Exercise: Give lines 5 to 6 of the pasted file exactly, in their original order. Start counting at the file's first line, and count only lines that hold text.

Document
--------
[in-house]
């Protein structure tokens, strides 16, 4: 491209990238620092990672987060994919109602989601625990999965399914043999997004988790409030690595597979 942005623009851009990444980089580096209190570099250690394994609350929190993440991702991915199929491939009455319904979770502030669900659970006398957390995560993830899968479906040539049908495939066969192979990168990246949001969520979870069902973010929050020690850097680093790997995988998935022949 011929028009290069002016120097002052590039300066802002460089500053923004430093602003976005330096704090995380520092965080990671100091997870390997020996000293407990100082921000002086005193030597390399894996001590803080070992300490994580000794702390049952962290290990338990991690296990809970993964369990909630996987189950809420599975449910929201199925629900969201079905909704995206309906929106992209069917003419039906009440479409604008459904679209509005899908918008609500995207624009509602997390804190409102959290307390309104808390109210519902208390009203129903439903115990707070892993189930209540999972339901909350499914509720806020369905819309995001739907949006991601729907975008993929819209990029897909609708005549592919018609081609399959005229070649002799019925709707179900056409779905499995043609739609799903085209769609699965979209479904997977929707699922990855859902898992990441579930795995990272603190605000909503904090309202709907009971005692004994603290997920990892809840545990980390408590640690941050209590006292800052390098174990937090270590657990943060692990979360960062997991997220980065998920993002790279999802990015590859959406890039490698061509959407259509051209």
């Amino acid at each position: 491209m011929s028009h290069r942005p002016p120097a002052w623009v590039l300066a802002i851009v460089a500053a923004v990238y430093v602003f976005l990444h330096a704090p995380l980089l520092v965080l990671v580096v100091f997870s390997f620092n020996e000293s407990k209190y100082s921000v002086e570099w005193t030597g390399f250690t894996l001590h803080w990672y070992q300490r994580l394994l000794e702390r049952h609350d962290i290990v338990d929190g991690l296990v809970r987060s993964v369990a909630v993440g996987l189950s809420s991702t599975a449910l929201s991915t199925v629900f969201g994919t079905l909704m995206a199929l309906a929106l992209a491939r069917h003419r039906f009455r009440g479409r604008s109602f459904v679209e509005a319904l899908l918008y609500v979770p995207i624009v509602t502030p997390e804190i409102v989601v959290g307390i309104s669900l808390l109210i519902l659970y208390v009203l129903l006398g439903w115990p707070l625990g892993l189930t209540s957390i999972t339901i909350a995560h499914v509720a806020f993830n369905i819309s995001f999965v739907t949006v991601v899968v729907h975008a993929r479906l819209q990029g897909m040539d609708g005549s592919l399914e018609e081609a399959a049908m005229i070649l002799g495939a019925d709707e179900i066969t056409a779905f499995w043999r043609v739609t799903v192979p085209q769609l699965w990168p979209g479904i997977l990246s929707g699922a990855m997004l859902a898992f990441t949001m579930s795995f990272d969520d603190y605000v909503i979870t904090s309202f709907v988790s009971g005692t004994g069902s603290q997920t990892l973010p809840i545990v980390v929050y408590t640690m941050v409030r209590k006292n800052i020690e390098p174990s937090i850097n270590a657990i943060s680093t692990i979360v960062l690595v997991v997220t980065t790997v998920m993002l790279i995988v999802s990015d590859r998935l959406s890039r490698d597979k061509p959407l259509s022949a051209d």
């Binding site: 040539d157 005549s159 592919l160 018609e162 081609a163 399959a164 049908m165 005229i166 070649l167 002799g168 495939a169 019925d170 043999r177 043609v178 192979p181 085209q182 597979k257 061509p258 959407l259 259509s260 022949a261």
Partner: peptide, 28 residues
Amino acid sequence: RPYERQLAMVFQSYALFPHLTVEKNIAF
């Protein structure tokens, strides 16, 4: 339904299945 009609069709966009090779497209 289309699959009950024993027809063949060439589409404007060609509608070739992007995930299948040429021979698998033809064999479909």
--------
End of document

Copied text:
Partner: peptide, 28 residues
Amino acid sequence: RPYERQLAMVFQSYALFPHLTVEKNIAF